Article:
“You cannot save the world, Fowler,” Gabriel Crowden, another of Realm numbers, cautioned.

Fowler insisted, “I can save her.”

Kerrington shot a glance about the tent to assure himself the others were aware of the change in their situation. He often regretted the fact he had shown more care with these men than he had ever shown to his son. Daniel resided with his parents at Linworth Hall. When he had walked away from his home after Elizabeth’s death, He had also deserted the child, who had cost his wife her life.

“Oh, Lord, here we go again,” Crowden grumbled as he slid the bench and slipped into the shadows. “Permit me time to assume a position.”

Kerrington stiffened in anticipation as he watched Fowler stand slowly and stretch. His friend pretended to exercise his legs. “I believe I will take a walk,” Fowler announced, but before James’s friend could execute more than five steps in the direction of the girl’s tent, a burly-looking soldier, under Mir’s command, blocked Fowler’s path. Without saying a word, the man had told Fowler to reconsider his choices, but James knew the Baloch would be sorry he had crossed the young duke.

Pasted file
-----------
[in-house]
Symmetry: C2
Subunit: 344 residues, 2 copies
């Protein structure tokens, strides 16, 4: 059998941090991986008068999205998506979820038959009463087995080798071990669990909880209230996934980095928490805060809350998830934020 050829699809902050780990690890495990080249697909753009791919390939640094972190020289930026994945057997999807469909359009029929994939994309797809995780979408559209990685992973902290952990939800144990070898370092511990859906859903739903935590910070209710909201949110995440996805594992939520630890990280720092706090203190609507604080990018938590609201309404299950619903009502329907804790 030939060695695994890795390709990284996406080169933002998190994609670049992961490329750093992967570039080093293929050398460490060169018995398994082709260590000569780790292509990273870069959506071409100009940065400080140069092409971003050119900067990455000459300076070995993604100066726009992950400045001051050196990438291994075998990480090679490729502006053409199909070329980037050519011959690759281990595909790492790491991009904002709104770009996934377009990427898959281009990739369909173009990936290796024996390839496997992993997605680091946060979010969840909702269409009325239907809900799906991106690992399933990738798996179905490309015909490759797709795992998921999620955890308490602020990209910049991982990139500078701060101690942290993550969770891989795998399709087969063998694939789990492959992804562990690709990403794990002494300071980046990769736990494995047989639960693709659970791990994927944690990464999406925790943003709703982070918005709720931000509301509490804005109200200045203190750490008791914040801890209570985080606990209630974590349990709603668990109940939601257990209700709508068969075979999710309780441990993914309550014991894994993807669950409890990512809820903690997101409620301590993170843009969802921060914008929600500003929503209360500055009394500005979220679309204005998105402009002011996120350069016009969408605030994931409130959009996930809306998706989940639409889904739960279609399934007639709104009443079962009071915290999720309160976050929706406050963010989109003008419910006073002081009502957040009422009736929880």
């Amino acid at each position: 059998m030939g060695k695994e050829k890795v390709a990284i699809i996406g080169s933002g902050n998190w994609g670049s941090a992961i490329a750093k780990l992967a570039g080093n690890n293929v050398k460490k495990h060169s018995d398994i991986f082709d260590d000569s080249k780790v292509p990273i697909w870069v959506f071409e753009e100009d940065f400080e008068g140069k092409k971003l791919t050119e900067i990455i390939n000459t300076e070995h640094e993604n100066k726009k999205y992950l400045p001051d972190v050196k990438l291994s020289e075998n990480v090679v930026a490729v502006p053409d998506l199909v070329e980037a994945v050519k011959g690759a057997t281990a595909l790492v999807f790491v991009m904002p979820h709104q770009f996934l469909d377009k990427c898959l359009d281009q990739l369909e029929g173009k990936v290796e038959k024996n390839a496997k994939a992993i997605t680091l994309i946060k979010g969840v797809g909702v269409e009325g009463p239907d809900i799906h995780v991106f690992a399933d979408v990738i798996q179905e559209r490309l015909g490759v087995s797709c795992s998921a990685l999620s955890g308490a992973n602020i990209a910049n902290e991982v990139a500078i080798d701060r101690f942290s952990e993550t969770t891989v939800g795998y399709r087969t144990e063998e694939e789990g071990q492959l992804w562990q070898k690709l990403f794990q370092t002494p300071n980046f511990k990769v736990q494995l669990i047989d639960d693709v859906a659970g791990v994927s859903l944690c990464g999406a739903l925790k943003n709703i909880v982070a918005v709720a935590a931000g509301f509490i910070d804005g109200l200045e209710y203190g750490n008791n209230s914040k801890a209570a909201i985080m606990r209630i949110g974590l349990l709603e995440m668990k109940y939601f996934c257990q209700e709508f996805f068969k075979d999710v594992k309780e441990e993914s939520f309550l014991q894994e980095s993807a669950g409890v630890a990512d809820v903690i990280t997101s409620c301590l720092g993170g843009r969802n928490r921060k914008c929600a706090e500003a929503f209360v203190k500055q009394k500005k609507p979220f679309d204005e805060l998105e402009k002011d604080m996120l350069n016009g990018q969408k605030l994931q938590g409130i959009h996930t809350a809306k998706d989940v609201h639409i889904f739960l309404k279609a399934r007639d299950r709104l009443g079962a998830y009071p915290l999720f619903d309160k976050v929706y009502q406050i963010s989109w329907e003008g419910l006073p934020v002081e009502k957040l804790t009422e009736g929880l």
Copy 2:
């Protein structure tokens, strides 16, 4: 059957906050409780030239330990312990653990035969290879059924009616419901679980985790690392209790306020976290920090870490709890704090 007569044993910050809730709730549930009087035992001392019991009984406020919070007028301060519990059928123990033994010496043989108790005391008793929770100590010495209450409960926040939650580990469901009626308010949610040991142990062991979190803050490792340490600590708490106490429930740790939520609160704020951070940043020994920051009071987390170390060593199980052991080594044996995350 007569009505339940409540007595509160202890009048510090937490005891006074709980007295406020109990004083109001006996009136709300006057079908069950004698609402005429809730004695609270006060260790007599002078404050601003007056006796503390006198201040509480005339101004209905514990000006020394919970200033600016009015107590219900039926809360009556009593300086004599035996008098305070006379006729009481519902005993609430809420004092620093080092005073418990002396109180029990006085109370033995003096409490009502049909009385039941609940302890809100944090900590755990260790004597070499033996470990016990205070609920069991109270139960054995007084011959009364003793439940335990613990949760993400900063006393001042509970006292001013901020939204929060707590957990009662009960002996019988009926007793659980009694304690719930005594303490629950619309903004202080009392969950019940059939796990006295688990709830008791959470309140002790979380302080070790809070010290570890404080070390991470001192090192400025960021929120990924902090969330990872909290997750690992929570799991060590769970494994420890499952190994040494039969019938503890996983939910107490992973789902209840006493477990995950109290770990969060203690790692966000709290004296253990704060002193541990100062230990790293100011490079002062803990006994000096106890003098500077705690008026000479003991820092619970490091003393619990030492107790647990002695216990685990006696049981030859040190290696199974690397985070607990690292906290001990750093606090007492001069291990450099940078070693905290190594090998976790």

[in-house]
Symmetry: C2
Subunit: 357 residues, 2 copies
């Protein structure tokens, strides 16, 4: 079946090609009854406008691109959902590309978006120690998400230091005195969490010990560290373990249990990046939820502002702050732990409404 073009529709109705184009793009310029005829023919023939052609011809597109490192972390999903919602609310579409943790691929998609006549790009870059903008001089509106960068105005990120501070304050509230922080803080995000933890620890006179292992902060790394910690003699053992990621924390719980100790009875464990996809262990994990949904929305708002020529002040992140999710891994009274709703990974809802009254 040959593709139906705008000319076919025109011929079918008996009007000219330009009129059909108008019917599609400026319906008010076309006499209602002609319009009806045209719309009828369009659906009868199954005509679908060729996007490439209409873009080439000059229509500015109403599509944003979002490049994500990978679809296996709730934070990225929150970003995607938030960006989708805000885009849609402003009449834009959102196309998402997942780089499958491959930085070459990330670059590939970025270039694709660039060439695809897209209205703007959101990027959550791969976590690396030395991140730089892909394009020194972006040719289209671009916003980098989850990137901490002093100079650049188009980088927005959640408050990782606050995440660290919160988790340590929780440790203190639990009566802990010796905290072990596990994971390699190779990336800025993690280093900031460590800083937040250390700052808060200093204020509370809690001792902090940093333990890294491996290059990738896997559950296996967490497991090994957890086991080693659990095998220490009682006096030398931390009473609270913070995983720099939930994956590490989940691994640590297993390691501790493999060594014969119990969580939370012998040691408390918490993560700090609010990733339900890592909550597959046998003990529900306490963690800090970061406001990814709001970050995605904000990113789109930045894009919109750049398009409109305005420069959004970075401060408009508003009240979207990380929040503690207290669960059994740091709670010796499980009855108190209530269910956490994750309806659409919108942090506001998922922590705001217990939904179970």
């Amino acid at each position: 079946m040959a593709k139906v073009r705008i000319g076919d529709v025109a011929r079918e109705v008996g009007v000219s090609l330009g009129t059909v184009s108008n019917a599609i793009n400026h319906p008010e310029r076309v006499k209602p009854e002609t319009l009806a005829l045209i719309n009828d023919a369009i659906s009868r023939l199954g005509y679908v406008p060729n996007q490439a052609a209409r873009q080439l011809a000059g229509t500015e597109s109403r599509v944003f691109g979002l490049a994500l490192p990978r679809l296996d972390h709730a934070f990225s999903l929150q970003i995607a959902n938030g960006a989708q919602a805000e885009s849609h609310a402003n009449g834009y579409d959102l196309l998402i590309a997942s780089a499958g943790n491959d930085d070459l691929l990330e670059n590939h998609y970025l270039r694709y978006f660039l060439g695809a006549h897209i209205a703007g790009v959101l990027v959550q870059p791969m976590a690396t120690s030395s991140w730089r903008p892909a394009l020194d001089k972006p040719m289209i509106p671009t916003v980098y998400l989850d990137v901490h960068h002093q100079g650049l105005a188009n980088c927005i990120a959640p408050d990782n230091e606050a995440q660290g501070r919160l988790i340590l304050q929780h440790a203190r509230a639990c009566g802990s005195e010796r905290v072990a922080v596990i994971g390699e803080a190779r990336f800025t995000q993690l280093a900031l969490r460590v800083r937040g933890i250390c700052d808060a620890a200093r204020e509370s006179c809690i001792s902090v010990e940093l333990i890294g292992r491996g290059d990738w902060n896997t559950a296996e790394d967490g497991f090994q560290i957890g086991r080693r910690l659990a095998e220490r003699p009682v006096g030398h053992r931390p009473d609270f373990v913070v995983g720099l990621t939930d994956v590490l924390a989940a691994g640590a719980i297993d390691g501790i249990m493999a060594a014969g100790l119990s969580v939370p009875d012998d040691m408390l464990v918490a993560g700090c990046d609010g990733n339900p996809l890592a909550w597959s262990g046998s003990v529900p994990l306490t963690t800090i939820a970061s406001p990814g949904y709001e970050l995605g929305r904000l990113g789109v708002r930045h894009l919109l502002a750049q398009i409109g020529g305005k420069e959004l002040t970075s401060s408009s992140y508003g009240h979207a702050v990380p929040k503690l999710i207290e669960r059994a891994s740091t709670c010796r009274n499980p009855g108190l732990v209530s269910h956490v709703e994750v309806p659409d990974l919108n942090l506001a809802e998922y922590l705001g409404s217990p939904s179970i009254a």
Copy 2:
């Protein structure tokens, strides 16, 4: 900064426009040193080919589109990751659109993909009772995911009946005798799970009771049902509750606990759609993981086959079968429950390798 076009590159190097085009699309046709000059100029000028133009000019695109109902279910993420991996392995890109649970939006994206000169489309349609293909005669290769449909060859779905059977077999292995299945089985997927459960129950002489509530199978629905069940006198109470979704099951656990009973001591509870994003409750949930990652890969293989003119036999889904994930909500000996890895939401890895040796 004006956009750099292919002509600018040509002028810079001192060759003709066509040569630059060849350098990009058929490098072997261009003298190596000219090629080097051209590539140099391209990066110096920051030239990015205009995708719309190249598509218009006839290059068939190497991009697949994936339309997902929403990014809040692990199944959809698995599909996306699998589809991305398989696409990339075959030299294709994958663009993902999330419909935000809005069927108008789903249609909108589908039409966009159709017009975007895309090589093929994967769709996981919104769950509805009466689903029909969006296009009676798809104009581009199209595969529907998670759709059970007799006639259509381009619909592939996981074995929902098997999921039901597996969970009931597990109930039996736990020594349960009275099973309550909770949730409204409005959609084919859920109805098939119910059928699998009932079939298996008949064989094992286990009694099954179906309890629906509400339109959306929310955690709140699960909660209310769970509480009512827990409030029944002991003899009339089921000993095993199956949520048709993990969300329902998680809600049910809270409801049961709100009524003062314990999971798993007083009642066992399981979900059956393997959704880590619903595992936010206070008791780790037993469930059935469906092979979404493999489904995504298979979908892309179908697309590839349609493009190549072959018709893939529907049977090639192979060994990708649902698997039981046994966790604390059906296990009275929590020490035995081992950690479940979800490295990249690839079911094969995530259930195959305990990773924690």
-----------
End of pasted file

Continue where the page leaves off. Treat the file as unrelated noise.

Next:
Raising his hands in an act of submission, Fowler smiled largely and turned to Kerrington with a warning of what was to come. Fowler shrugged as if to agree with the warrior, but in a split second, he had struck the guard with an uppercut, sending the man reeling with a broken nose.

A heartbeat later, Kerrington and Fowler stood back-to-back, taking on all comers, delivering lethal thrusts after deadly jabs. “I have it,” Kerrington called as he parlayed a broken chair for a weapon. “Retrieve the girl. Take her to the Bombay safe house.” He shoved Fowler in the direction of the girl’s tent.